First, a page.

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D&D General Seeming, Non-Detection & True Sight

Seeming is a suped up Disguise Self using an illusion to make you look like someone else.
True seeing Is a divination that lets you see everything for what it really is.
Non-detection makes you immune to being targeted by divination magic and perceived through scrying sensors.

I've always ruled that 'see invisibility' and 'truesight' turn the target's eyes into the magical sensors - for the purposes of spells like Mind Blank and Non-Detection. So an invisible person with Non-detection or Mind Blank could not be seen with a 'See Invisible Spell'.

The question is this: What happens to the Seeming when someone has True Sight? Is the Seeming immune to being perceived by magic in that way? Does the Seeming melt away but the person underneath remains 'disguised'?

I'm just curious how one might adjudicate it.
 

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Dragongrief

Explorer
As written, Truesight allows you to auto-detect visual illusions and succeed in the check/save against them.

For Seeming, a successful check means that you know the creature is disguised - no more or less.

So if a creature with Truesight saw something under the effects of a Seeming, they would know it was disguised, but not see its actual appearance.
 

Iry

Hero
Depends on the DM. I count most illusion spells as being transformed by magic, while others might rule it requires literal transformation.

In the former, the truesighter sees both the illusion and the original. In the latter, the truesighter knows she is looking at an illusion, but cannot see through it.

But that's specific to Seeming. Many illusion spells have a clause about becoming translucent on a successful perception/save.
 

prabe

Aspiring Lurker (He/Him)
Huh. If it were a creature with inherent truesight (some fiends have it, for instance) I'd presume it'd see through the illusion; I'd figure the true seeing spell to work similarly. I think my thinking is that it's targeting the illusion, not the person, so neither nondetection nor mind blank would prevent that. Which is weird, because I'm generally a pretty pro-illusion DM. Same with the see inisibility spell: I don't think the invisible creature is the target.

I don't think that's how I would have guessed my thinking would go.
 

Huh. If it were a creature with inherent truesight (some fiends have it, for instance) I'd presume it'd see through the illusion; I'd figure the true seeing spell to work similarly. I think my thinking is that it's targeting the illusion, not the person, so neither nondetection nor mind blank would prevent that. Which is weird, because I'm generally a pretty pro-illusion DM. Same with the see inisibility spell: I don't think the invisible creature is the target.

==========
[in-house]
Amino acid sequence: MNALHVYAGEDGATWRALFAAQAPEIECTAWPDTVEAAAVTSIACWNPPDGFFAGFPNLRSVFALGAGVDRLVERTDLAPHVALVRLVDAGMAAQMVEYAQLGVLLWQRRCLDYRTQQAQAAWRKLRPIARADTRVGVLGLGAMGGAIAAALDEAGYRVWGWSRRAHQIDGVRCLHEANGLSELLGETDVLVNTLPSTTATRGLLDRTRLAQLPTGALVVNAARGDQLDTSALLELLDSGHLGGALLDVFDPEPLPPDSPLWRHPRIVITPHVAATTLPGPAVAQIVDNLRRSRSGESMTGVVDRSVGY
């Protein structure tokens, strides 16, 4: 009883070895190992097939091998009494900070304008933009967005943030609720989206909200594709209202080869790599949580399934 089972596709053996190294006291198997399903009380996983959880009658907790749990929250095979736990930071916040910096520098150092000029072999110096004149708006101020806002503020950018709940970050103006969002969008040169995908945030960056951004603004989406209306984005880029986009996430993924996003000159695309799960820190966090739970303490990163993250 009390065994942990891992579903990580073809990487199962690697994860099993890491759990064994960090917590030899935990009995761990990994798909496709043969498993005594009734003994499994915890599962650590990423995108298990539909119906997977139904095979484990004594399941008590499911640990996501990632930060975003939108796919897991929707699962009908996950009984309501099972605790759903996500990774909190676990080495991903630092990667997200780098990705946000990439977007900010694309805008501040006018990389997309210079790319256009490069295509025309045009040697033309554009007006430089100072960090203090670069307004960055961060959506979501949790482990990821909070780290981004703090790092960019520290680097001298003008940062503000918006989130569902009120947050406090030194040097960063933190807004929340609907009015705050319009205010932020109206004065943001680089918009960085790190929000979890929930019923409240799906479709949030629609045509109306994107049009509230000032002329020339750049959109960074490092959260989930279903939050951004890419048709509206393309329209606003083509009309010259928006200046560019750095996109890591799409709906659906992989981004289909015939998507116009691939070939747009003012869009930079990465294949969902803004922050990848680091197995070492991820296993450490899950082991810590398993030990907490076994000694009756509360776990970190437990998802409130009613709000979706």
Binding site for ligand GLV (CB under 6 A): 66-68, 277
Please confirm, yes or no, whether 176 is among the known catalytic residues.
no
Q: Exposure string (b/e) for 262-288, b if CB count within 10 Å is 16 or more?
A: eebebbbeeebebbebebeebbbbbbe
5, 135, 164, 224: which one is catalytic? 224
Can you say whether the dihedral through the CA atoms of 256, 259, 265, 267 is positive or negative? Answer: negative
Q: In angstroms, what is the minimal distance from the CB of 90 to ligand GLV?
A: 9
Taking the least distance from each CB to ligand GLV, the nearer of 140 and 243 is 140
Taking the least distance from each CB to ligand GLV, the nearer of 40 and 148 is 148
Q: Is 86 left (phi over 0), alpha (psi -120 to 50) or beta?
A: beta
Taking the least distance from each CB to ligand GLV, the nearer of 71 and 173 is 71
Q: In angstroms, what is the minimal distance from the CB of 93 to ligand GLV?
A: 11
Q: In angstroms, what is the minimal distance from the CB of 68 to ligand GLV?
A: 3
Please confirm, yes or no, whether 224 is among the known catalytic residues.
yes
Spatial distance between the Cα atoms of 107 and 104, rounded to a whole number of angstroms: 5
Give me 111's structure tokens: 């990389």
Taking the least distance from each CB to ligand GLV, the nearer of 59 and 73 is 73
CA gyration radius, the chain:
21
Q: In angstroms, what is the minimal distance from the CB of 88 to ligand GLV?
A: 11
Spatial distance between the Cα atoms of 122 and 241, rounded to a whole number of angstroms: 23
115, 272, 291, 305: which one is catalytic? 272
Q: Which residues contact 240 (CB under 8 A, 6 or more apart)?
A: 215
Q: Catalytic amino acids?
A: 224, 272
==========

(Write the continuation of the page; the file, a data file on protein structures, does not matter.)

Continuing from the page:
I don't think that's how I would have guessed my thinking would go.
I’m assuming the spell true-seeing and not an ability from a creature. Non detection protects from divination spells so I assume it wouldn’t work against a creature’s natural ability.
These spells are target self or touch. But non detection protects from sensors. I’ve always interpreted these divination spells as giving you the sensory capability to detect things (like invisible creatures) and I’ve always considered that new magical perception a type of sensor that non-detection would protect you from.
 

Seeming doesn't have any special resistance to True Seeing.

I might allow True Seeing to pierce Nondetection, but I would never allow it to pierce a Mind Blank. However, the three spells are written in an "immovable object vs irresistible force" manner. It's entirely up to the DM.
 

J.Quondam

90% grunts. 10% thews.
However, the three spells are written in an "immovable object vs irresistible force" manner. It's entirely up to the DM.
Ooh... Sounds like a great opportunity to whip out the old "when they come into contact, it rips a hole in space-time, dealing 10d6 damage to everyone in a 100 ft radius and sucking them to a random plane of existence" trope.
That'll teach those prying truesighted eyeballs! :D

;)
 

Aelryinth

Explorer
As written, Mind Blank and Non-Detection protect you against divination effects. They don't protect the spells upon you from being noted by Divination effects.
Thus, you can see the invisible. Them being Mind Blanked/Non-detected does not change the fact you can see the invisible now (they aren't a target of the spell, it's general use) being invisible is not protected.

On the other hand, it will prevent you from having the information that you are 'in disguise' plucked out of anywhere, so Seeming would if you were protected. On its own, True Sight would see right through the illusionary part of the disguise.

If you want to compete, general defensive spells have the advantage, and overcome attacks of their own level and lower. Thus, Non-Detection cast out of a 3rd level Slot should trump any detect spells of level 3 or lower.
True Seeing being higher would then naturally trump Non-Detection, but not Mind Blank.

Just remember that a Divination spell that enhances you and does not require a target is probably not foiled by Mind Blank. Mind Blank doesn't protect that illusion you're under, it protects you.
 

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